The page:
M. SWIMMING | Yale falls behind rivals

Members of the men’s swimming team cheer on their teammates at the annual Harvard-Yale-Princeton meet last weekend. The Bulldogs lost to Harvard 266–87 and Princeton 238–115.
Members of the men’s swimming team cheer on their teammates at the annual Harvard-Yale-Princeton meet last weekend. The Bulldogs lost to Harvard 266–87 and Princeton 238–115. Photo by Florian Koenigsberger.

When it comes to men’s swimming, Princeton and Harvard are the cream of the Ivy League crop, currently sitting in first (7–0) and second (4–1), respectively. In this weekend’s annual H-Y-P meet, the Crimson and the Tigers did not disappoint in New Haven, as the Bulldogs finished behind both teams. Harvard won the meet after defeating Princeton 189–164, and besting Yale, 266–87.

But despite the third place finish, Yale swimmers said they were proud with their performance.

“We were told by a spectator that if you were sitting in the stands and didn’t know the score, you would think Yale was right in the meet,” freshman Pat Killian said. “We stayed energetic and competitive and raced whomever was next to us. We honestly surprised ourselves with just how fast we were able to go and how well we could hang with the guys next to us.”

The Bulldogs got off to a good start in the 200-yard freestyle relay, as the team of captain Kyle Veatch ’11, Mike Dominski ’13, Matt Boone ’12 and Pat Killian ’14 swam to a time of 1:22.17, a little less than a second behind second-place Harvard. That was the first of two top-three finishes for Yale relay squads on the weekend, as the Elis rounded out the meet in style Sunday, not only taking third in the 400-yard freestyle relay, but also earning an NCAA ‘B’ Cut. Goksu Bicer ’12 joined Dominski, Killian and Veatch on that squad.

In between, Yale’s freshmen continued their strong debut campaigns. West Cuthbert ’14 started that trend with an impressive fourth-place finish in the 200-yard freestyle. Another freshman proved the Bulldogs’ top finisher in the 100-yard breaststroke and 200-yard breaststroke, as well, as Danny McDermott ’14 swam those races in 58.11 and 2:05.79, good for sixth and seventh overall, respectively. Killian swam well also, posting Yale’s second best finish in the 50-yard freestyle (ninth), bested only by his captain Veatch amongst those wearing blue and white.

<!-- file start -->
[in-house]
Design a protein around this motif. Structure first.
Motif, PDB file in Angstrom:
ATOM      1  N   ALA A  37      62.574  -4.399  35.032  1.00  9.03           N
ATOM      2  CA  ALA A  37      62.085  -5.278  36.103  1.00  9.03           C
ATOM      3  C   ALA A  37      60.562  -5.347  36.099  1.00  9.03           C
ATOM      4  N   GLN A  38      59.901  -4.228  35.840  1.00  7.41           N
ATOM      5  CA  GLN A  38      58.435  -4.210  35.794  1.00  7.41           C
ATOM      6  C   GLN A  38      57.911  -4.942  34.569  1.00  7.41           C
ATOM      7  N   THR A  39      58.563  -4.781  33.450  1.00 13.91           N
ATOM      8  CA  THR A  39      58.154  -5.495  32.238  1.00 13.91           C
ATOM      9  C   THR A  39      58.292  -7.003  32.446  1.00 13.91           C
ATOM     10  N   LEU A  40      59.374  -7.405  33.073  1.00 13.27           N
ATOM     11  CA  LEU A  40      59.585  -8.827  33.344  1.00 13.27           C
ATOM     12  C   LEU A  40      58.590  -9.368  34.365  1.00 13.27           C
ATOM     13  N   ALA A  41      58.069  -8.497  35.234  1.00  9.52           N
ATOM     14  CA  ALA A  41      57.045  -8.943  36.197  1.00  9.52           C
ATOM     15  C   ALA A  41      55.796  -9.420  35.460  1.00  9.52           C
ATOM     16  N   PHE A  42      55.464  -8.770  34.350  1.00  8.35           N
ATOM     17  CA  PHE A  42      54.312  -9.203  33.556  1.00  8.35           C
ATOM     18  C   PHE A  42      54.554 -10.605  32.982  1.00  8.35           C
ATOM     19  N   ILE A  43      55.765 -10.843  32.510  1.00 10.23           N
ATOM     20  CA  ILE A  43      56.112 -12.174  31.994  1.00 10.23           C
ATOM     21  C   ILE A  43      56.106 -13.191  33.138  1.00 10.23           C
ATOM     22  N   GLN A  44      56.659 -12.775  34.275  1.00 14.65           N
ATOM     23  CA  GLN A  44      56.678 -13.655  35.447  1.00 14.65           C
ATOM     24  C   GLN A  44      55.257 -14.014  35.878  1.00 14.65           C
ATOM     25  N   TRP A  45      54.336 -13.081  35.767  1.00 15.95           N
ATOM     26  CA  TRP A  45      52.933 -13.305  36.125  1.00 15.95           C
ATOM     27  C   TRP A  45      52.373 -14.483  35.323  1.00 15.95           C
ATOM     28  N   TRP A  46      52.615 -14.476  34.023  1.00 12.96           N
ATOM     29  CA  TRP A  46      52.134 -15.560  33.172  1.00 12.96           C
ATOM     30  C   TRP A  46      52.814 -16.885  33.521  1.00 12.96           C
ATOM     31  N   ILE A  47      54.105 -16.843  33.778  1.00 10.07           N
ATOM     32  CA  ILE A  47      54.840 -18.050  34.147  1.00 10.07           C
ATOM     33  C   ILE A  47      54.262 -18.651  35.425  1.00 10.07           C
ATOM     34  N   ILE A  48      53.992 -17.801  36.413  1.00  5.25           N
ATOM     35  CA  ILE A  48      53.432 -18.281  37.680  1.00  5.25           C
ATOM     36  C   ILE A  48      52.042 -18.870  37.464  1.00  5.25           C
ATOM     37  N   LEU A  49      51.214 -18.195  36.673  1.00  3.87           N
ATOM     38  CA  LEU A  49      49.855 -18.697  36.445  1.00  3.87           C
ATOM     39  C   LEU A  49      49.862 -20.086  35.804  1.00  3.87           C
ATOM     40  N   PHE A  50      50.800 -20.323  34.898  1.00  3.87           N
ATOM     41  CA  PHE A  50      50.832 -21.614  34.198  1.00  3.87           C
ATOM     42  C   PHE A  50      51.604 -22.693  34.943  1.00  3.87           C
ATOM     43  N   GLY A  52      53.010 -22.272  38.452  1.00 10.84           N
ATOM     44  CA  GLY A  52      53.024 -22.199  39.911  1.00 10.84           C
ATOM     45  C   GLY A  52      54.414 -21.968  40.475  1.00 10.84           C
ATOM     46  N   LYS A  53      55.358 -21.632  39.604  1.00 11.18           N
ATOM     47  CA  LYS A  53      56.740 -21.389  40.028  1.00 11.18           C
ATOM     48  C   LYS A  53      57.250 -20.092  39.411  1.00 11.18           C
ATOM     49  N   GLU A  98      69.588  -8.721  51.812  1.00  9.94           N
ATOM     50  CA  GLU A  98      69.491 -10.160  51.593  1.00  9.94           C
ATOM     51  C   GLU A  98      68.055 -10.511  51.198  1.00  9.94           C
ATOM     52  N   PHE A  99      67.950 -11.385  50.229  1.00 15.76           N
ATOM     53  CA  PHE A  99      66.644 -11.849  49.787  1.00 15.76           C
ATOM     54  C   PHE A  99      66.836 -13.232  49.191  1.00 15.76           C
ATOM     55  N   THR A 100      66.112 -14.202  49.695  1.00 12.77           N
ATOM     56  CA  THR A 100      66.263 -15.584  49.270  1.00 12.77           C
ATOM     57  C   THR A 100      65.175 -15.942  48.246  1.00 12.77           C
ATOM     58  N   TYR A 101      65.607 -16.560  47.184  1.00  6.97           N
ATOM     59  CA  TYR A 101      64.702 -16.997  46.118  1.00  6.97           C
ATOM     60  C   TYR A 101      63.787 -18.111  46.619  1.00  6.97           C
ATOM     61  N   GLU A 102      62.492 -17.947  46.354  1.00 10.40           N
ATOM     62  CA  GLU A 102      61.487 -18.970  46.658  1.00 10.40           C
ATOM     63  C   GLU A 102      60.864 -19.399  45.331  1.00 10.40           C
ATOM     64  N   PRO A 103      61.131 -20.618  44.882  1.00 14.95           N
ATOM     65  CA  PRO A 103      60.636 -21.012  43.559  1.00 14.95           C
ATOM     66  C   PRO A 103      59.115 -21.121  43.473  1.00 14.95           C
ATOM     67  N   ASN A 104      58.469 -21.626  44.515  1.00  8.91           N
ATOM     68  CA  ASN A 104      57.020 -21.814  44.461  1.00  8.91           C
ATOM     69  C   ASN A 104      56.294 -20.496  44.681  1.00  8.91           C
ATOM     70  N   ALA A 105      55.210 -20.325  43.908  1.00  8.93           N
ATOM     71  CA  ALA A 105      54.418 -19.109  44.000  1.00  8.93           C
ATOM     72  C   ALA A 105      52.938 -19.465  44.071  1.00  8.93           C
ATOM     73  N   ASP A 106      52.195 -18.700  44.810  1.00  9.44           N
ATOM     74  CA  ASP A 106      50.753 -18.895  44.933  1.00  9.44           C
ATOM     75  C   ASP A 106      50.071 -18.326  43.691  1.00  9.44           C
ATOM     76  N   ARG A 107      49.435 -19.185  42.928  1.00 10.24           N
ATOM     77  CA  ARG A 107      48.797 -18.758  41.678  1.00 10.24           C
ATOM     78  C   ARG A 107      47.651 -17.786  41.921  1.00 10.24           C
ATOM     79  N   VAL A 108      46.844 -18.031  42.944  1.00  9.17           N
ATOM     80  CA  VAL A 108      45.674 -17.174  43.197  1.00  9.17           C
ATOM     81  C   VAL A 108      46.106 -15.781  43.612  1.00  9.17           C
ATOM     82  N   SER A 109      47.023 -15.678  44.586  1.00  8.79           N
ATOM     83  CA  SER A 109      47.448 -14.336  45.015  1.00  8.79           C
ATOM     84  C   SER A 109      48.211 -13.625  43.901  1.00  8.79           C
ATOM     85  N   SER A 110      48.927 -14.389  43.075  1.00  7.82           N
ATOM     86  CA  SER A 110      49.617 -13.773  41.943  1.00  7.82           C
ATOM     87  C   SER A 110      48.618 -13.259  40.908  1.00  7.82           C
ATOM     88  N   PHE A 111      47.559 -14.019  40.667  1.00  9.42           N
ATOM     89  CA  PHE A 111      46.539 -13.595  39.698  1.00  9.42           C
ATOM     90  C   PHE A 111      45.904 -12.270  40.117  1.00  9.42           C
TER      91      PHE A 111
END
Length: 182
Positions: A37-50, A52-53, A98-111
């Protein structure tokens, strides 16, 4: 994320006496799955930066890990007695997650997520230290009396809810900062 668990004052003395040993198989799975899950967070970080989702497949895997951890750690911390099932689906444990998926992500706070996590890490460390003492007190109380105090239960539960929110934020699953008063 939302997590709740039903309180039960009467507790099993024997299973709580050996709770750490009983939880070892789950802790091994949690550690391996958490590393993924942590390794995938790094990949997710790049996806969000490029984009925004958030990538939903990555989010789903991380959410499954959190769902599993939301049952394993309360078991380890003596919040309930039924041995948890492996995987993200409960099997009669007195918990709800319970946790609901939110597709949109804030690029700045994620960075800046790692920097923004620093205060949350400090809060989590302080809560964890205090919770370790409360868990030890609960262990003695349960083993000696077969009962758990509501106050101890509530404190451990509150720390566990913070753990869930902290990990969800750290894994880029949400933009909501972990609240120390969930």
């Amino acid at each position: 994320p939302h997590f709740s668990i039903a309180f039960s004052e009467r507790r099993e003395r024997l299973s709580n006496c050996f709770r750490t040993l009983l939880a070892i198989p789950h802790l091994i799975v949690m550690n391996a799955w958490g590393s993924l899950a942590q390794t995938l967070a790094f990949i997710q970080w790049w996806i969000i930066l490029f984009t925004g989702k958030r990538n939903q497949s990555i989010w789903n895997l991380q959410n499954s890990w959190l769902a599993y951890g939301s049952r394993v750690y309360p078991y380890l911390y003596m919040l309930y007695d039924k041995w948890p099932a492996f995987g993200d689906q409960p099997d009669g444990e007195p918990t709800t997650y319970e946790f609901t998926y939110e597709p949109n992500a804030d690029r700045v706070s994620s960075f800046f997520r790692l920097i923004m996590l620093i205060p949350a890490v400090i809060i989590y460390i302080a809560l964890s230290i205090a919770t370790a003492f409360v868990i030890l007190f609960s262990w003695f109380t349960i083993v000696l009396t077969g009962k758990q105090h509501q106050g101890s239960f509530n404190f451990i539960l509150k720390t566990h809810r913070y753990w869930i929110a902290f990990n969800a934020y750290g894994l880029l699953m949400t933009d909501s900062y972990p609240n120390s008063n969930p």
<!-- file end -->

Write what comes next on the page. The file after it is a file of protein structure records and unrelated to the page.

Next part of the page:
But the most impressive Yale performance belonged to Mikey Bogese ’14, who earned the best time amongst Yalies in three separate events including a huge win in the 400-yard IM, which he completed in 3:54.84. Just before that, Bogese took third in the grueling 1650-yard freestyle, a race that took him 15:29.40, just over a second off the pace of second-place finisher, Harvard’s Greg Roop.

“I think the freshman class really stepped up this weekend.” Bogese said. “The vast majority of us went lifetime best times … I just think it’s great that the young guys on the team are really showing the league what Yale swimming has to offer, and that we’re ready for the new era of Yale swimming.”

In terms of upperclassmen performances, Dominski took third overall in the 100-yard backstroke (50.03) followed closely by Alex Gornitzky ’11 (50.77), who took fifth. Gornitzky’s teammate Scott Shinton ’12 took fifth overall in the 200-yard butterfly, barely besting Bicer, who finished sixth, by less than three-tenths of a second.

The Bulldogs also made their mark on the 100-yard freestyle in the form of Veatch (4th) and Bicer (6th), and Bicer followed that up with a second-place finish in the 100-yard butterfly (49.13). Dominski took third in that event (49.16), giving the Elis two swimmers in the top three for the first time in the meet.

The Bulldogs head to UConn for their final non-conference tuneup before facing Brown at home in the last meet of the season. The Ivy League Championships will be held on March 3.

“We have to remain focused and tough to end the season on the upswing our performance at HYP has begun,” Killian said. “Two or three weeks of training remain before we wind down to prepare physically for the end of the season. Mentally, I think we all can’t wait to race Columbia, Cornell and Penn again and try to avenge our earlier losses.”

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